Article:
5 Tips to a Greener Easter

Dyed eggs on the grass
Photo: Franklin Park Library [CC by 2.0]/Flickr

Easter is one of the great kid-friendly holidays. When I was a little boy, I looked forward to Easter with as much anticipation as Halloween and nearly as much as my birthday and the last day of school. Easter means baskets filled with candy, colored egg hunts, big meals with family, and the coming of spring. Now that I'm a parent, Easter is about buying candy, organizing egg hunts, and cooking big meals with the family. Regardless of your age, you should try to celebrate the holiday in the greenest way possible. Here are five tips for making your Easter holiday really green. Enjoy!

of 5

Skip plastic grass and eggs


Each year Americans buy a literal mountain of plastic grass to fill up Easter egg baskets. It's the spring equivalent of the evil silver Christmas tinsel that my parents couldn't get enough of when I was growing up. Plastic grass is designed to be used once, and most of it ends up in the landfill mere days after the holiday. It's the same story with hollow plastic eggs — most end up getting tossed after being used one or twice. If you want to green up your Easter this year, skip the plastic grass (buy paper grass or make your own) and go with real colored eggs. (Or go with organic free-range eggs if you want to go the whole nine green yards.)

of 5

Use natural dye for the eggs

Mike Miley/Flickr.

Traditional Easter egg dyes are made with petroleum and coal tar-based artificial colors. For as many food dyes that are approved by the FDA, there are two or three others that have been banned because they were shown to make people sick. Are we just waiting for more data until a current color is similarly banned? Why risk it if you don't have you? This Easter, you can pick one of the many natural options for dying your Easter eggs or make your own. A quick search on Google turns up a bunch of options for those who want to buy, and if you're more of the DIY kind of person, you can find two good recipes for homemade Easter egg dyes right here on MNN.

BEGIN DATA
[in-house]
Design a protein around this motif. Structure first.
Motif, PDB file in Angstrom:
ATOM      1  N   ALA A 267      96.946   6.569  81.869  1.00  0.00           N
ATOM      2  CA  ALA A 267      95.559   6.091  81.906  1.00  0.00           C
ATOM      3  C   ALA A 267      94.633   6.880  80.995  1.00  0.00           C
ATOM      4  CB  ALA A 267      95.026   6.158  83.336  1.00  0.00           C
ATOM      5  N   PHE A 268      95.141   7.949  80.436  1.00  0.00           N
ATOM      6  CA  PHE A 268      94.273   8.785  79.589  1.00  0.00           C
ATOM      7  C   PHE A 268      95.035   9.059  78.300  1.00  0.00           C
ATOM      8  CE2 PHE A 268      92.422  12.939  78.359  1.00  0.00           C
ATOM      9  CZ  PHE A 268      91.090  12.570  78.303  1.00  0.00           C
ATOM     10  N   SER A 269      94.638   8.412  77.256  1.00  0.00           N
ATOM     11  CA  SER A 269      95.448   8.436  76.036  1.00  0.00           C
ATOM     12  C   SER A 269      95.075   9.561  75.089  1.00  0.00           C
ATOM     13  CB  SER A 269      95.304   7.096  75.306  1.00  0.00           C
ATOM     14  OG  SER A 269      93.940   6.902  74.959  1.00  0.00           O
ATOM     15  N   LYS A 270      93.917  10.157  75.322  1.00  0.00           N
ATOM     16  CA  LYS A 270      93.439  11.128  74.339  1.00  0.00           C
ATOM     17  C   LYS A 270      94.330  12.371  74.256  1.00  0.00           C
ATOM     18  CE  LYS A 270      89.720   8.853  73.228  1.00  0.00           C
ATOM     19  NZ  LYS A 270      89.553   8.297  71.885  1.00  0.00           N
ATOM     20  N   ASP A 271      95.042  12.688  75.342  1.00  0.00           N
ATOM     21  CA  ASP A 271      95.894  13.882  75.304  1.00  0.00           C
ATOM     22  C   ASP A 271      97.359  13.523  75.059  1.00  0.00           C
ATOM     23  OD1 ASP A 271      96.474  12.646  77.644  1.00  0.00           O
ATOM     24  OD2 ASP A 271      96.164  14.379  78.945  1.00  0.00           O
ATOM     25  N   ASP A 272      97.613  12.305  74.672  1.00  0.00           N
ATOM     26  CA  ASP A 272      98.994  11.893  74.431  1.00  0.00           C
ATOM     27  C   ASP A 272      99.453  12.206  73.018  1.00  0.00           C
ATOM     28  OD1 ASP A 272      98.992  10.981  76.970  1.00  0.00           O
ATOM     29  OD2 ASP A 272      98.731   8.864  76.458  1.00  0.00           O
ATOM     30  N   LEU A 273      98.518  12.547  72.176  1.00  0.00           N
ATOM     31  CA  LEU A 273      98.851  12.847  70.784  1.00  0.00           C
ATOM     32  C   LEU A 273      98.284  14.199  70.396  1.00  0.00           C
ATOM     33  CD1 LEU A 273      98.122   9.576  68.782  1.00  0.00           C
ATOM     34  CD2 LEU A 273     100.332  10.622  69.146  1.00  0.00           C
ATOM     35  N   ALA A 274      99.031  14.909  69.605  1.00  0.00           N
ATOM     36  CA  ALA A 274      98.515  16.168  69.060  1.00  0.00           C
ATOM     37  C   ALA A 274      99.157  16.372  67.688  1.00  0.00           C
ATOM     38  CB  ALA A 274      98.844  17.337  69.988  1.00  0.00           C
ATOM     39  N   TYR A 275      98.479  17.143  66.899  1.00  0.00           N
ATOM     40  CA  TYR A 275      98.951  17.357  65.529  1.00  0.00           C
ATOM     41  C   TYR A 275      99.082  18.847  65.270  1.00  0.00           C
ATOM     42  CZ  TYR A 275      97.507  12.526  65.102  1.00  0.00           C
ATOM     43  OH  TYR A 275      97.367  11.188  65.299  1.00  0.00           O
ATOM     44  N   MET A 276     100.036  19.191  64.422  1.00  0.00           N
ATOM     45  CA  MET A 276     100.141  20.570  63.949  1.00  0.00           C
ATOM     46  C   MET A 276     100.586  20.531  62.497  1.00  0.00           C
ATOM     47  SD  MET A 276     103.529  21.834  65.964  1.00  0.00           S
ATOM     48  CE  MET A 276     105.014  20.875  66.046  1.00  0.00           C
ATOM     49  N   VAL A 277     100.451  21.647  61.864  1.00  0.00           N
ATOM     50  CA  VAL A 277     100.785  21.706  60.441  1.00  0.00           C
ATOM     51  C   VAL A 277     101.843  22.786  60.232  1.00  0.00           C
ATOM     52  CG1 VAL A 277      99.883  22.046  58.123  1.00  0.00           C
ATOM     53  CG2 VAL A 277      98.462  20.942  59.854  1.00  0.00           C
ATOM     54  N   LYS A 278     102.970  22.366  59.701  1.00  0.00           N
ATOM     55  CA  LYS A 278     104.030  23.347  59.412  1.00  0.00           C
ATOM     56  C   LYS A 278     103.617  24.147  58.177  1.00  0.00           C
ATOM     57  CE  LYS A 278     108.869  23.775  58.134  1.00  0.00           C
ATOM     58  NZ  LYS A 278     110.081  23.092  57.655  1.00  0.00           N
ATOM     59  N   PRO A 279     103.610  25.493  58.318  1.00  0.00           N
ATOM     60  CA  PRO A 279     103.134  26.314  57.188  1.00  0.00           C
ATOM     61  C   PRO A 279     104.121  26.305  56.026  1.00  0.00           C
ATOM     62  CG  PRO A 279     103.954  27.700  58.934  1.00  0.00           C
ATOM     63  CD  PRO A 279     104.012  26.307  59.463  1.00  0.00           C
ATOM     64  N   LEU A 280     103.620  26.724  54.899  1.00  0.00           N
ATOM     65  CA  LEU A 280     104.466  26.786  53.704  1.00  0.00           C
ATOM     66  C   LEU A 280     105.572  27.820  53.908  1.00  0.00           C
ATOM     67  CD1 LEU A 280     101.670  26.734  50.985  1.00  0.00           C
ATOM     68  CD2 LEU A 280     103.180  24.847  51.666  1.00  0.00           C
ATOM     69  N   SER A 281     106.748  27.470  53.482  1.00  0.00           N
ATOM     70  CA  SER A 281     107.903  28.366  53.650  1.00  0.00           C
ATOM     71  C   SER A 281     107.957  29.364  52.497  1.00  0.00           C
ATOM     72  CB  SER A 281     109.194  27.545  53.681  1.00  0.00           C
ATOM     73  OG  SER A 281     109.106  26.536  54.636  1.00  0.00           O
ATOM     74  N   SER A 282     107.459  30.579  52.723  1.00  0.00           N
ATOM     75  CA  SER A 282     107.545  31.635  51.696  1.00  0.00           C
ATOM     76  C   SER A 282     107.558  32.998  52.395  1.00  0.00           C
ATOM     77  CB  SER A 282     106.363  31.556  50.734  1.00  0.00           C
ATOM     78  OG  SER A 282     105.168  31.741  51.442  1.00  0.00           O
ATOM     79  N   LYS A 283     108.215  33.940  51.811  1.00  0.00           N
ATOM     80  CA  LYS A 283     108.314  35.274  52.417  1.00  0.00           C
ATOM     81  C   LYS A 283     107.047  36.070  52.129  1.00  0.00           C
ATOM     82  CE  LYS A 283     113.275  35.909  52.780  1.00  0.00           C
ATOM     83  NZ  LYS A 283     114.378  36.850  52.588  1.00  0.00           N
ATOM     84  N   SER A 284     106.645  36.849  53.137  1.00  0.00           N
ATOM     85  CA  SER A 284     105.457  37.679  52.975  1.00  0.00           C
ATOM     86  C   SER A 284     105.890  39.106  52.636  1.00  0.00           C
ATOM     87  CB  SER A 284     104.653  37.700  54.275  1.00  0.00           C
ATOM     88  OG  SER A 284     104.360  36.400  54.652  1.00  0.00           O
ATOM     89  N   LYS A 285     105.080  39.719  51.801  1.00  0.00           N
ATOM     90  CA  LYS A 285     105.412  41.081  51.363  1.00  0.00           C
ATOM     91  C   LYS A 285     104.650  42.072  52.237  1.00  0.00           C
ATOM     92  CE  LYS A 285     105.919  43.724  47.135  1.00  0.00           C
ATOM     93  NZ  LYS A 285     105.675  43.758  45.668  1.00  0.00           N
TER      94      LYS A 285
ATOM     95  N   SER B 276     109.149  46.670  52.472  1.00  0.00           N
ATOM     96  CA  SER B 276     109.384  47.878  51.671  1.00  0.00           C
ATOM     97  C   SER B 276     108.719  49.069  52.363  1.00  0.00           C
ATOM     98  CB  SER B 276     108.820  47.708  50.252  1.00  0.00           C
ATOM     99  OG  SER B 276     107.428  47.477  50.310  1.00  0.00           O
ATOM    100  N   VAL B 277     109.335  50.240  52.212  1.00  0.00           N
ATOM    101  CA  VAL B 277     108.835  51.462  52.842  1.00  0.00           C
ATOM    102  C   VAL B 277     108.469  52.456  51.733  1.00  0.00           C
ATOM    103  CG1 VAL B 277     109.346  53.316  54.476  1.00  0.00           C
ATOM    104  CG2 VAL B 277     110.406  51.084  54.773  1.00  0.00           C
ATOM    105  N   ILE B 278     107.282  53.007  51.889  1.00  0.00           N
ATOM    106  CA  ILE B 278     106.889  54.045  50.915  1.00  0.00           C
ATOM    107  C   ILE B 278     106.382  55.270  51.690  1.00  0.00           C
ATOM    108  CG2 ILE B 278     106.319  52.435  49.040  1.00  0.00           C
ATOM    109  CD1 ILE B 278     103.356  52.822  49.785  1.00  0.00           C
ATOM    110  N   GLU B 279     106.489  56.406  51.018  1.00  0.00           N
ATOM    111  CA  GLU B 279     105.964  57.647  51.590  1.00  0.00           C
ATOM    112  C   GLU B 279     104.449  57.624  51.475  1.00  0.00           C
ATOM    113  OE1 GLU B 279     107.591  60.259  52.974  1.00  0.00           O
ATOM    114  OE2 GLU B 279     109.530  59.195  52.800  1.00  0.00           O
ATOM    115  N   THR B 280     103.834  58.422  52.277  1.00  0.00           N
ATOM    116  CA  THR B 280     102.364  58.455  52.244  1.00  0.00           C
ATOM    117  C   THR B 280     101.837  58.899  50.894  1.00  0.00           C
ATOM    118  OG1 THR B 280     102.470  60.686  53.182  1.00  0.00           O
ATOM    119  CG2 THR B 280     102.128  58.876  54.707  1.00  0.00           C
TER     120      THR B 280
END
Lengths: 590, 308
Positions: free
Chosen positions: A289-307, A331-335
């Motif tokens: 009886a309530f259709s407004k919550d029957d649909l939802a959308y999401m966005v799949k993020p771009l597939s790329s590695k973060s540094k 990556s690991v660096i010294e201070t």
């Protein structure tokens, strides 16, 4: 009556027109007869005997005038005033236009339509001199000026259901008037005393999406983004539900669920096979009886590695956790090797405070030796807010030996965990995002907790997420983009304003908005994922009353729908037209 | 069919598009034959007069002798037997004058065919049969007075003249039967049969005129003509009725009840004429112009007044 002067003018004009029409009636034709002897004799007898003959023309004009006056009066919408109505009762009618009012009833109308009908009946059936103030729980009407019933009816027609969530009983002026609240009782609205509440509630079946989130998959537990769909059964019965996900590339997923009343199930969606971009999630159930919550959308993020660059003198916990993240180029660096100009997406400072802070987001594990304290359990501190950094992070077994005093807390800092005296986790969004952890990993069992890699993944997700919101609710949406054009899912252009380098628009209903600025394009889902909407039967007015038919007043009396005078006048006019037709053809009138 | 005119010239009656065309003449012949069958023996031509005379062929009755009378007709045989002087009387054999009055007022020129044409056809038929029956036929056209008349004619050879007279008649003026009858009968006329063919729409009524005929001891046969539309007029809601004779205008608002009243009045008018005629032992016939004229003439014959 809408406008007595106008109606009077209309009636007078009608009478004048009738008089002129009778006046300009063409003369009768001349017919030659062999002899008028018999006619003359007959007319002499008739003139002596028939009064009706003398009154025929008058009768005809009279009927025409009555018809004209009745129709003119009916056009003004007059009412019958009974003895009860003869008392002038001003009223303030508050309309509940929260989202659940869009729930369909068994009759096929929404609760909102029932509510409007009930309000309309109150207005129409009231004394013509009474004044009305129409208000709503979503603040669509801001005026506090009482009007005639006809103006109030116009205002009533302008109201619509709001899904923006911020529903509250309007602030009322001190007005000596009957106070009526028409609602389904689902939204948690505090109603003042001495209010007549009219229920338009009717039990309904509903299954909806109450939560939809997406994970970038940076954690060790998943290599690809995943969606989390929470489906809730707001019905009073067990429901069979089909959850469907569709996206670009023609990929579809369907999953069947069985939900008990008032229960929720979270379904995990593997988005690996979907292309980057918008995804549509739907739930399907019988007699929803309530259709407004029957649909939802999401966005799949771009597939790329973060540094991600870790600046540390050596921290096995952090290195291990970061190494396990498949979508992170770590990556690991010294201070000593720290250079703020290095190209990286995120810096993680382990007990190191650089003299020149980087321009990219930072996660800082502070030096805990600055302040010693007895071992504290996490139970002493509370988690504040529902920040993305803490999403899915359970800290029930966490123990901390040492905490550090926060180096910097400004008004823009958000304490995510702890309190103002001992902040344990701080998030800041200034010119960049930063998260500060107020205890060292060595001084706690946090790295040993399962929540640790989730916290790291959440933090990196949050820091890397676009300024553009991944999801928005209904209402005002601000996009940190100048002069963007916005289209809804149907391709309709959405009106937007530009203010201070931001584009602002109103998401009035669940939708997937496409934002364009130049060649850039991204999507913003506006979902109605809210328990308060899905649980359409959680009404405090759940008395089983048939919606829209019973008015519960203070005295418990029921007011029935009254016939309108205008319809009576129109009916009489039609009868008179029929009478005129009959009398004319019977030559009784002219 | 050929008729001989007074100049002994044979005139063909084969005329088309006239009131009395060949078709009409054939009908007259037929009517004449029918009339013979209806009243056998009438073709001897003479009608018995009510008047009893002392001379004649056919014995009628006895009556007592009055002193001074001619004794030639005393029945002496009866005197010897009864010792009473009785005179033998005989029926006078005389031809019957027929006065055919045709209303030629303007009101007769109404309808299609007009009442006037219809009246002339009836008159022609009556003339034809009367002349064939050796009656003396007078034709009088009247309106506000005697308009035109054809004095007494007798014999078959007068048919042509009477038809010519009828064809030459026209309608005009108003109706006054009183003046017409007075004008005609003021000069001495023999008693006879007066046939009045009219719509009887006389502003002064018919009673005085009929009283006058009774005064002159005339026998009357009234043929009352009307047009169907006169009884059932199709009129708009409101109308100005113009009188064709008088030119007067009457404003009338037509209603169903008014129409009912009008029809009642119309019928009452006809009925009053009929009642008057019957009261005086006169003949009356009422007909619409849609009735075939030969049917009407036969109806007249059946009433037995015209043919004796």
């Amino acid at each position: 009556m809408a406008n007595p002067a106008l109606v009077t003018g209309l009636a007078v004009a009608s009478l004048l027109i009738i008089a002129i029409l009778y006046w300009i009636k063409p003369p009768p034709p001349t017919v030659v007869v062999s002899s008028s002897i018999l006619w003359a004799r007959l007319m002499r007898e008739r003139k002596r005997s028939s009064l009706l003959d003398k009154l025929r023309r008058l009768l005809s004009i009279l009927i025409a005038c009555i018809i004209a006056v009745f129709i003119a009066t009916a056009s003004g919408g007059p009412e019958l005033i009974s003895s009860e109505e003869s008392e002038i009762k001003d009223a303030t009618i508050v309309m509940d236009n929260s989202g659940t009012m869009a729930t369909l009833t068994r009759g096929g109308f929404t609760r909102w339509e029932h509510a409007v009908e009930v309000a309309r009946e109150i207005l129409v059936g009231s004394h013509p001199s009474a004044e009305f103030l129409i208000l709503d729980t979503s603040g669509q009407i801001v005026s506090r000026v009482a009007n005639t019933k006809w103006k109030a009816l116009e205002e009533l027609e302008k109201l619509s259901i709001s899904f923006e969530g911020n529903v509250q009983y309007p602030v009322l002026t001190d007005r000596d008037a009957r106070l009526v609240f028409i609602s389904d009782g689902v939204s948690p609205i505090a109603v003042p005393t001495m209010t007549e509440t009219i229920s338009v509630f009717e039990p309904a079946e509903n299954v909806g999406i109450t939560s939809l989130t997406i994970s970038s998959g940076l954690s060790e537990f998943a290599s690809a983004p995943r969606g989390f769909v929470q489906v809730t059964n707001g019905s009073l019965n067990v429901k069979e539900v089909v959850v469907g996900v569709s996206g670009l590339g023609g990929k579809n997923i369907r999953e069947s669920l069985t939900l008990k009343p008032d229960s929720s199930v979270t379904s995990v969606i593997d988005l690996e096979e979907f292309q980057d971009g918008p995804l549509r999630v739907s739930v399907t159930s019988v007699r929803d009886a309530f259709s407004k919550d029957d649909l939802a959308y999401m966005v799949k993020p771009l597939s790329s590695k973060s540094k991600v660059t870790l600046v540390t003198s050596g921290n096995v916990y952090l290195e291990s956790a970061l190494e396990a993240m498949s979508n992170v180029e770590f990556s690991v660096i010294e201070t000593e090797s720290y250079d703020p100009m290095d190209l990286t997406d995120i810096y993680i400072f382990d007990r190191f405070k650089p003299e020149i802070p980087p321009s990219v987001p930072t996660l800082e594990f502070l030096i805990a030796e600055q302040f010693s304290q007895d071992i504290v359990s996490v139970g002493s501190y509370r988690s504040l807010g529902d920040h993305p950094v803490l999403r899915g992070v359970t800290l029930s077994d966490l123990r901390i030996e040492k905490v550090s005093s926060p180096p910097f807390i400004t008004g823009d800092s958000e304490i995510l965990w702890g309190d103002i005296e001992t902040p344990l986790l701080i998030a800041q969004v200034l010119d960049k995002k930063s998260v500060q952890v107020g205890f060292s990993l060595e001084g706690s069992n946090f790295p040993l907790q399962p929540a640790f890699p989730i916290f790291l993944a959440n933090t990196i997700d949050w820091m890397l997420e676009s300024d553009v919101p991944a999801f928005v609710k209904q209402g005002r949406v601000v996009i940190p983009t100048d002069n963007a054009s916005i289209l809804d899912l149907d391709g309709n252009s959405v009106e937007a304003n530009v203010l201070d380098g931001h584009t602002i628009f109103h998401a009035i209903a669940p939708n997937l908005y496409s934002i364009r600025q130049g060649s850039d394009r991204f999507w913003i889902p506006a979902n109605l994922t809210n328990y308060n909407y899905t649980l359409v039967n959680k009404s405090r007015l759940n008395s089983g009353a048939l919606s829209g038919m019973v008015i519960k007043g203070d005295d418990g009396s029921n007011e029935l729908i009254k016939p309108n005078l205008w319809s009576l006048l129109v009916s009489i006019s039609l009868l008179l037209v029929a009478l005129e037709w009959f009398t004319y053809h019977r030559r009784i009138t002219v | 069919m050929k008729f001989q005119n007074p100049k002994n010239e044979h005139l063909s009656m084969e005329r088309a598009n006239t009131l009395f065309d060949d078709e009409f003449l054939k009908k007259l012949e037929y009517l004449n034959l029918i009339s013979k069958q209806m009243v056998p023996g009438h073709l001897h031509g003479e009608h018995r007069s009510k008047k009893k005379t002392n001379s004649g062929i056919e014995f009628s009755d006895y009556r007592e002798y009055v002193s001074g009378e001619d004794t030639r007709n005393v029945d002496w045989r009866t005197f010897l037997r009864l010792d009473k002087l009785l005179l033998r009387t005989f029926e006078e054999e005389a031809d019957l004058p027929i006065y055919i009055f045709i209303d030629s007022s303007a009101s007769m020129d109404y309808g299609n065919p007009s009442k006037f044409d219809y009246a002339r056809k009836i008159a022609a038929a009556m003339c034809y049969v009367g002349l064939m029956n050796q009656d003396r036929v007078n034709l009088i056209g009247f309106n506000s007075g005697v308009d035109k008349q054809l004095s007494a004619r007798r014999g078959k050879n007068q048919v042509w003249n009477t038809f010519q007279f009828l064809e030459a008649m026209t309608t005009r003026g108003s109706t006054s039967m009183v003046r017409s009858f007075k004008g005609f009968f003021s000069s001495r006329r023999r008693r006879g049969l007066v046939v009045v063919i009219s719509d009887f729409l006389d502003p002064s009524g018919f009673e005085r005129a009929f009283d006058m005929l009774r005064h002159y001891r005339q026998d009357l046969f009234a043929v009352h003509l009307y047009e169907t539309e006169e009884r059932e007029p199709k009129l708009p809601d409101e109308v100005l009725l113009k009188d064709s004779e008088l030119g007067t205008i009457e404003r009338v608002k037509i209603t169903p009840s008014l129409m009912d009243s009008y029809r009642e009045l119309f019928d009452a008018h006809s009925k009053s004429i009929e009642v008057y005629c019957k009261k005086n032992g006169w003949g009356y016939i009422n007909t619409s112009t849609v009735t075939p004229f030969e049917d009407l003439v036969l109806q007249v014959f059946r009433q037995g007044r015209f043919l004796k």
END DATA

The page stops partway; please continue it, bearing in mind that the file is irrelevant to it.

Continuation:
of 5

Buy organic sweets


For those with a sweet tooth, Easter is a joyous time — regardless of your age. It's one of the few times when it's sanctioned to eat as much candy as you can handle. Children wire themselves up on chocolate bunnies, Easter egg gum, pastel lollipops, and squishy yellow baby chicks. Waking up to find the Easter egg basket full of sweets is one of the great memories of childhood, nestled right in there with Christmas morning and visits from the Tooth Fairy. If you're in charge of filling up a basket this Easter, think about skipping the conventional candy aisle and picking up some greener, organic treats. If you're near a natural grocery story like Whole Foods, you can find a wide variety; if you don't live near a store selling organic treats, you can always turn to the Internet. YummEarth, Sugar Coated Organics and the Natural Candy Store are good sources for organic candy.

of 5

Appreciate nature


One of the best parts about Easter is that it's a reminder that spring is on the way. Try to spend some time out in the woods and fields this Easter. Pay a little homage to Easter's pagan roots and take a moment to breathe deeply and listen to nature. Really — just close your eyes and listen. That's what gets us up in the morning here at MNN — this beautiful natural world that we're charged with preserving. Studies have shown that people who spend time outside are healthier, both physically and mentally. Hug a tree, pat the grass, and smile up at the big ol' Easter sky overhead.

of 5

Make a communal meal


Easter is a perfect time to be thankful for all that we have and is meant to be spent with friends and family. Turn it into a green meal by paying attention to where and how your food is grown, choosing organic and local whenever you can. Invite your family, your friends and neighbors over and be thankful for the company and the food. If you'd like to go the extra step, get involved with Interfaith Power & Light, and organization that melds religion and spirituality with global warming.